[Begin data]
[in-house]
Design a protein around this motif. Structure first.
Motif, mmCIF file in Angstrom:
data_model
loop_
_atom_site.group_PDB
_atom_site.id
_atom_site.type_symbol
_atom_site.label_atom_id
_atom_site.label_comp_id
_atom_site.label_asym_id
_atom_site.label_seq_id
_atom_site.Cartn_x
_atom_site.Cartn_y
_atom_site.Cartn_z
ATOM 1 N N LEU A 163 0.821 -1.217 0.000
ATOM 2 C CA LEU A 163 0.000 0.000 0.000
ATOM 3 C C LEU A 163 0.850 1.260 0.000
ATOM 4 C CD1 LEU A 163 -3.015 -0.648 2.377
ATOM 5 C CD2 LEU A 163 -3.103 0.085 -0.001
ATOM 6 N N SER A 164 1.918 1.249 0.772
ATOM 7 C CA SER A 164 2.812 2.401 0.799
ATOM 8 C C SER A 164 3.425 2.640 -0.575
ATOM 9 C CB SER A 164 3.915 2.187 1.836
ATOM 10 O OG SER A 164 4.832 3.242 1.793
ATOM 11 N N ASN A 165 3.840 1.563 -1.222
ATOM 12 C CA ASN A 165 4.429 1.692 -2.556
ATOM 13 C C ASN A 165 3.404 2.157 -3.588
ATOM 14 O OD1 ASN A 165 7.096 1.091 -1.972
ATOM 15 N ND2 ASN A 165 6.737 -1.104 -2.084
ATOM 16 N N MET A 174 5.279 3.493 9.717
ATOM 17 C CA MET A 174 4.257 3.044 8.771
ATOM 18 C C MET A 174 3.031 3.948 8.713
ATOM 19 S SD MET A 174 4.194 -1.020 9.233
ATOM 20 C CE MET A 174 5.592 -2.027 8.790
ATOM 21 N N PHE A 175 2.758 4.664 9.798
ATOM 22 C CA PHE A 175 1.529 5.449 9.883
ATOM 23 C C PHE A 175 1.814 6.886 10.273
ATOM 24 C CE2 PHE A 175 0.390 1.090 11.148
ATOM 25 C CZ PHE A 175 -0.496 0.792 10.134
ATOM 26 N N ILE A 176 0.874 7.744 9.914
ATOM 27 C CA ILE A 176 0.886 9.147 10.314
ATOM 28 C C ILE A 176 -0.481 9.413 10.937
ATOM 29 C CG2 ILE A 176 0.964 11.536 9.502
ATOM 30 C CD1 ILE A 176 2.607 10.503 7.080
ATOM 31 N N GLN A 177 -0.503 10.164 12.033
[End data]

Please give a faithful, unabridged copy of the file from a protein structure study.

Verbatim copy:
[in-house]
Design a protein around this motif. Structure first.
Motif, mmCIF file in Angstrom:
data_model
loop_
_atom_site.group_PDB
_atom_site.id
_atom_site.type_symbol
_atom_site.label_atom_id
_atom_site.label_comp_id
_atom_site.label_asym_id
_atom_site.label_seq_id
_atom_site.Cartn_x
_atom_site.Cartn_y
_atom_site.Cartn_z
ATOM 1 N N LEU A 163 0.821 -1.217 0.000
ATOM 2 C CA LEU A 163 0.000 0.000 0.000
ATOM 3 C C LEU A 163 0.850 1.260 0.000
ATOM 4 C CD1 LEU A 163 -3.015 -0.648 2.377
ATOM 5 C CD2 LEU A 163 -3.103 0.085 -0.001
ATOM 6 N N SER A 164 1.918 1.249 0.772
ATOM 7 C CA SER A 164 2.812 2.401 0.799
ATOM 8 C C SER A 164 3.425 2.640 -0.575
ATOM 9 C CB SER A 164 3.915 2.187 1.836
ATOM 10 O OG SER A 164 4.832 3.242 1.793
ATOM 11 N N ASN A 165 3.840 1.563 -1.222
ATOM 12 C CA ASN A 165 4.429 1.692 -2.556
ATOM 13 C C ASN A 165 3.404 2.157 -3.588
ATOM 14 O OD1 ASN A 165 7.096 1.091 -1.972
ATOM 15 N ND2 ASN A 165 6.737 -1.104 -2.084
ATOM 16 N N MET A 174 5.279 3.493 9.717
ATOM 17 C CA MET A 174 4.257 3.044 8.771
ATOM 18 C C MET A 174 3.031 3.948 8.713
ATOM 19 S SD MET A 174 4.194 -1.020 9.233
ATOM 20 C CE MET A 174 5.592 -2.027 8.790
ATOM 21 N N PHE A 175 2.758 4.664 9.798
ATOM 22 C CA PHE A 175 1.529 5.449 9.883
ATOM 23 C C PHE A 175 1.814 6.886 10.273
ATOM 24 C CE2 PHE A 175 0.390 1.090 11.148
ATOM 25 C CZ PHE A 175 -0.496 0.792 10.134
ATOM 26 N N ILE A 176 0.874 7.744 9.914
ATOM 27 C CA ILE A 176 0.886 9.147 10.314
ATOM 28 C C ILE A 176 -0.481 9.413 10.937
ATOM 29 C CG2 ILE A 176 0.964 11.536 9.502
ATOM 30 C CD1 ILE A 176 2.607 10.503 7.080
ATOM 31 N N GLN A 177 -0.503 10.164 12.033